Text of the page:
Users can request a copy of their personal information, for it to be deleted, or for users based in California to request a notice disclosing the categories of personal information that OKCupid has shared with third parties for their direct marketing purposes.

What is the company’s known track record of protecting users’ data?

Needs Improvement

In July 2020 security researcher found vulnerabilities that exposes sensitive data of users. In addition, OKCupid allegedly shares personal user data with advertising companies that may violate privacy laws.

Can this product be used offline?

No

User-friendly privacy information?

No

Pretty technical even though they claim to make it accessible.

Links to privacy information

Does this product meet our Minimum Security Standards? information

Yes

Encryption

Yes

We were unable to determine if they use encryption to protect users' personal information, chats, photos, and more.

Strong password

Yes

A strong password is required

Security updates

Yes

Manages vulnerabilities

Yes

OkCupid takes part in a bug bounty program. The dating app encourages security researchers to disclose any potential vulnerabilities uncovered to [email protected]. https://www.okcupid.com/security

Privacy policy

Yes

Same as Tinder and Hinge, OkCupid's Privacy Policy states that "As with all technology companies, although we take steps to secure your information, we do not promise, and you should not expect, that your personal information will always remain secure”).

Does the product use AI? information

Yes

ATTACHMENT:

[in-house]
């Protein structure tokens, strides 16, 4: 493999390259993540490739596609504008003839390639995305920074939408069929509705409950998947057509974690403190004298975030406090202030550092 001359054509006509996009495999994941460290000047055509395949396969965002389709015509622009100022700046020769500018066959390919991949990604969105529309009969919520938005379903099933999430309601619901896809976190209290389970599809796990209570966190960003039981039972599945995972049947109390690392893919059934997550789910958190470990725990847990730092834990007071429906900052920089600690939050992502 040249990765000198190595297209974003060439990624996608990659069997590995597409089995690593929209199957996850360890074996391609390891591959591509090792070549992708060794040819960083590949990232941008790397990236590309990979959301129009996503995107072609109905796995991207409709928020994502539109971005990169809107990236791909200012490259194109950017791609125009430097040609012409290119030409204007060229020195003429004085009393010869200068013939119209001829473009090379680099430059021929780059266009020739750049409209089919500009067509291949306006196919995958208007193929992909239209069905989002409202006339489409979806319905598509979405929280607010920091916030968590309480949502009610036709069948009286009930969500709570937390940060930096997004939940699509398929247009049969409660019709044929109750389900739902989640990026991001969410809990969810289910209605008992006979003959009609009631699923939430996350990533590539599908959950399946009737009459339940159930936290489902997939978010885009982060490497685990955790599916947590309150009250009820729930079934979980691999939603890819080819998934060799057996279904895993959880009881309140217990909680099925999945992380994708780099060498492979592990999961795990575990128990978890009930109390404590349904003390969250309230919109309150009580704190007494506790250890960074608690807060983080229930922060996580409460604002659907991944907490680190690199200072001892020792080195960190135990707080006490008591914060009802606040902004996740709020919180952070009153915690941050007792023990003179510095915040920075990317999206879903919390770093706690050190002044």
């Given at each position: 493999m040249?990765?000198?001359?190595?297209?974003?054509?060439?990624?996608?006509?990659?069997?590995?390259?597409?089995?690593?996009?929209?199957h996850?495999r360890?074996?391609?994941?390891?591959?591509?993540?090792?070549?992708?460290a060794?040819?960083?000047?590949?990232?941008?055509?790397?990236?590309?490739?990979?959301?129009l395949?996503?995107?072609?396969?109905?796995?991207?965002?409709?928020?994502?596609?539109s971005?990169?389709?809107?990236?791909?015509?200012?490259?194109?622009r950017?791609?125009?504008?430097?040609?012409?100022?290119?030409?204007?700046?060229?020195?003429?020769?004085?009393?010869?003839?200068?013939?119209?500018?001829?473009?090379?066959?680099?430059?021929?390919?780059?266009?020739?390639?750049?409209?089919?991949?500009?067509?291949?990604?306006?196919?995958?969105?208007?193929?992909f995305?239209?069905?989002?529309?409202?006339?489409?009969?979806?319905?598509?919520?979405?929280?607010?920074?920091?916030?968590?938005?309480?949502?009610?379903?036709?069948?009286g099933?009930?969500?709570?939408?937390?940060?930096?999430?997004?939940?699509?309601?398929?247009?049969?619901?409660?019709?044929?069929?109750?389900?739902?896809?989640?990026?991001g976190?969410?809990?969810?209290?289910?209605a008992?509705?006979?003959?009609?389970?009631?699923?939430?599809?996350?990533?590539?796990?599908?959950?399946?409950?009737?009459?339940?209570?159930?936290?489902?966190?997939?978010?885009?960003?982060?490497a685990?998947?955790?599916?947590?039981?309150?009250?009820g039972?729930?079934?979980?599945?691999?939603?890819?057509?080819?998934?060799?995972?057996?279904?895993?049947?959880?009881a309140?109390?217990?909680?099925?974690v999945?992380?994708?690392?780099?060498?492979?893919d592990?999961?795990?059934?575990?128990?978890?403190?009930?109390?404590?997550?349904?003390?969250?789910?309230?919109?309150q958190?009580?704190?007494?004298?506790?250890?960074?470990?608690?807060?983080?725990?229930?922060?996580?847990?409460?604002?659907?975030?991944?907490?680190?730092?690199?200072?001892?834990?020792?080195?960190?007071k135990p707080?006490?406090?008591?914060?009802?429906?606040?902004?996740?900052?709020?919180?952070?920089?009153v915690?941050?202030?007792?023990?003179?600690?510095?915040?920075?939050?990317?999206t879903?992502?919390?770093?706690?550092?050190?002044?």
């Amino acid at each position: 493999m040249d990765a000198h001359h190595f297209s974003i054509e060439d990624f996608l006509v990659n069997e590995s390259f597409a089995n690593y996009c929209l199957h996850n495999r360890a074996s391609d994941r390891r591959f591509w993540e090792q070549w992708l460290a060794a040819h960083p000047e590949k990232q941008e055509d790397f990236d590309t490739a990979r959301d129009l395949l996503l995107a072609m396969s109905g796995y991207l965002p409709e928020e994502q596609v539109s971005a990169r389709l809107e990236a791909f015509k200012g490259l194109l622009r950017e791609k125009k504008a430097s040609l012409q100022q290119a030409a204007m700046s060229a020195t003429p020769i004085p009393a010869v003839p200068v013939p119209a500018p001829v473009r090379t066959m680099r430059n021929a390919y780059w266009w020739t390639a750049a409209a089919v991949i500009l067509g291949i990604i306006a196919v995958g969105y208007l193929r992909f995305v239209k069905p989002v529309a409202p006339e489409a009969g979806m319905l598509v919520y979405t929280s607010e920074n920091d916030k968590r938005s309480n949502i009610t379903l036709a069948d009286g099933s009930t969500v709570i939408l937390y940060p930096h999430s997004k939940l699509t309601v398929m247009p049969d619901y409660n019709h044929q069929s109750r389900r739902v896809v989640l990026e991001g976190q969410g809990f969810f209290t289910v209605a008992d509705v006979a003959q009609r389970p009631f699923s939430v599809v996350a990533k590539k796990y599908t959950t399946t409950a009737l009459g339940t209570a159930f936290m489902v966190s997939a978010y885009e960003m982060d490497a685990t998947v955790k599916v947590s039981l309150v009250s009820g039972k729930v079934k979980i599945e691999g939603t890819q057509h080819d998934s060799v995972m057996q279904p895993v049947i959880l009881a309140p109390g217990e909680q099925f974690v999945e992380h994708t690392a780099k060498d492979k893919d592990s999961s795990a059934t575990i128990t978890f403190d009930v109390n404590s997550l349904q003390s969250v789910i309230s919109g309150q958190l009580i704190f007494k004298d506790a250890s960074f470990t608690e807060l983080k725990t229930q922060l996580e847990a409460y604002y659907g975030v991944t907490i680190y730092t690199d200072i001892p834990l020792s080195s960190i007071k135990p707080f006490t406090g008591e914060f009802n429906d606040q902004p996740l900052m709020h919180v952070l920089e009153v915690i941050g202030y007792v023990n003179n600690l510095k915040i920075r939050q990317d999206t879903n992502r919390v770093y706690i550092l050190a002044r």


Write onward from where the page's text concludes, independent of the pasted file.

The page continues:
"OkCupid uses AI for recommendation and moderation purposes. From Harvard Business School: "With a reputation for being a highly data-driven company, OkCupid has relied on its machine learning algorithms to connect people. A higher match percentage means that a couple will have a higher likelihood of clicking, with different weights given to different questions. But beyond simply producing matches, OkCupid also incorporates machine learning as a community improvement tool. Its support & moderation team monitors machine learning alerts that detect harmful or abusive language. With the aid of technology, OkCupid can respond quickly to instances of harassment while bringing in human moderators on an as-needed basis"

Is this AI untrustworthy?

Can’t Determine

What kind of decisions does the AI make about you or for you?

Is the company transparent about how the AI works?

No

Does the user have control over the AI features?

Can’t Determine

*privacy not included

Dive Deeper

  • Grindr and OkCupid Spread Personal Details, Study Says
    NY Times
  • Study says Grindr, OkCupid, and Tinder breach GDPR
    ZDNet
  • Love in a Hopeless Place: Machine Learning at OkCupid
    Harvard Business School
  • How Private Is Your Online Dating Data?
    Consumer Reports
  • OkCupid: Hackers want your data, not a relationship
    ZDNet
  • It's not OK, Cupid: Security flaws could expose user data and more
    Tech Republic
  • 50 million OKCupid users at risk due to security flaws — what to do now
    Tom's Guide
  • OkCupid Security Flaw Threatens Intimate Dater Details
    Threat Post
  • Your favorite dating site isn’t as private as you think
    Vox

Comments